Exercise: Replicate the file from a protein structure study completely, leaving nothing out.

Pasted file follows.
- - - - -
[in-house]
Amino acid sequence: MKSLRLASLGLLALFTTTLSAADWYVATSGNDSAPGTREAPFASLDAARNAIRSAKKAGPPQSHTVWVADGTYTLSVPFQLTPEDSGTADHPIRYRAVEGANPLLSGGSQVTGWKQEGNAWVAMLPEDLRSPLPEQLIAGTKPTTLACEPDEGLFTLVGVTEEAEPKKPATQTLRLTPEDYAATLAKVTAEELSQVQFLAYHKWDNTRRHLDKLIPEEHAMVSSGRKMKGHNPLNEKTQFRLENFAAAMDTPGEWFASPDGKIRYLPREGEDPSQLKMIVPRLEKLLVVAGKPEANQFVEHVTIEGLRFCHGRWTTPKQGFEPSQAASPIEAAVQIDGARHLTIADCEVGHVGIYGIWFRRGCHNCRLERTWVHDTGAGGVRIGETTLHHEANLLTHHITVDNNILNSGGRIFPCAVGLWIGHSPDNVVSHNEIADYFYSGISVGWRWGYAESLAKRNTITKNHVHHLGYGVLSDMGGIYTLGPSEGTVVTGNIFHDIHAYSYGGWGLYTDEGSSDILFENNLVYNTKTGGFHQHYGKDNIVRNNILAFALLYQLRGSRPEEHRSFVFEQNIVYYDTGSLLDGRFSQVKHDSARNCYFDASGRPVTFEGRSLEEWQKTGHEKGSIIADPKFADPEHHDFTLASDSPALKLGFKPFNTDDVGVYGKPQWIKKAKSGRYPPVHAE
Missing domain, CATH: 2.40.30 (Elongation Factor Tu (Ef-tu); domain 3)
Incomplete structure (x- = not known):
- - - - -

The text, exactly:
[in-house]
Amino acid sequence: MKSLRLASLGLLALFTTTLSAADWYVATSGNDSAPGTREAPFASLDAARNAIRSAKKAGPPQSHTVWVADGTYTLSVPFQLTPEDSGTADHPIRYRAVEGANPLLSGGSQVTGWKQEGNAWVAMLPEDLRSPLPEQLIAGTKPTTLACEPDEGLFTLVGVTEEAEPKKPATQTLRLTPEDYAATLAKVTAEELSQVQFLAYHKWDNTRRHLDKLIPEEHAMVSSGRKMKGHNPLNEKTQFRLENFAAAMDTPGEWFASPDGKIRYLPREGEDPSQLKMIVPRLEKLLVVAGKPEANQFVEHVTIEGLRFCHGRWTTPKQGFEPSQAASPIEAAVQIDGARHLTIADCEVGHVGIYGIWFRRGCHNCRLERTWVHDTGAGGVRIGETTLHHEANLLTHHITVDNNILNSGGRIFPCAVGLWIGHSPDNVVSHNEIADYFYSGISVGWRWGYAESLAKRNTITKNHVHHLGYGVLSDMGGIYTLGPSEGTVVTGNIFHDIHAYSYGGWGLYTDEGSSDILFENNLVYNTKTGGFHQHYGKDNIVRNNILAFALLYQLRGSRPEEHRSFVFEQNIVYYDTGSLLDGRFSQVKHDSARNCYFDASGRPVTFEGRSLEEWQKTGHEKGSIIADPKFADPEHHDFTLASDSPALKLGFKPFNTDDVGVYGKPQWIKKAKSGRYPPVHAE
Missing domain, CATH: 2.40.30 (Elongation Factor Tu (Ef-tu); domain 3)
Incomplete structure (x- = not known):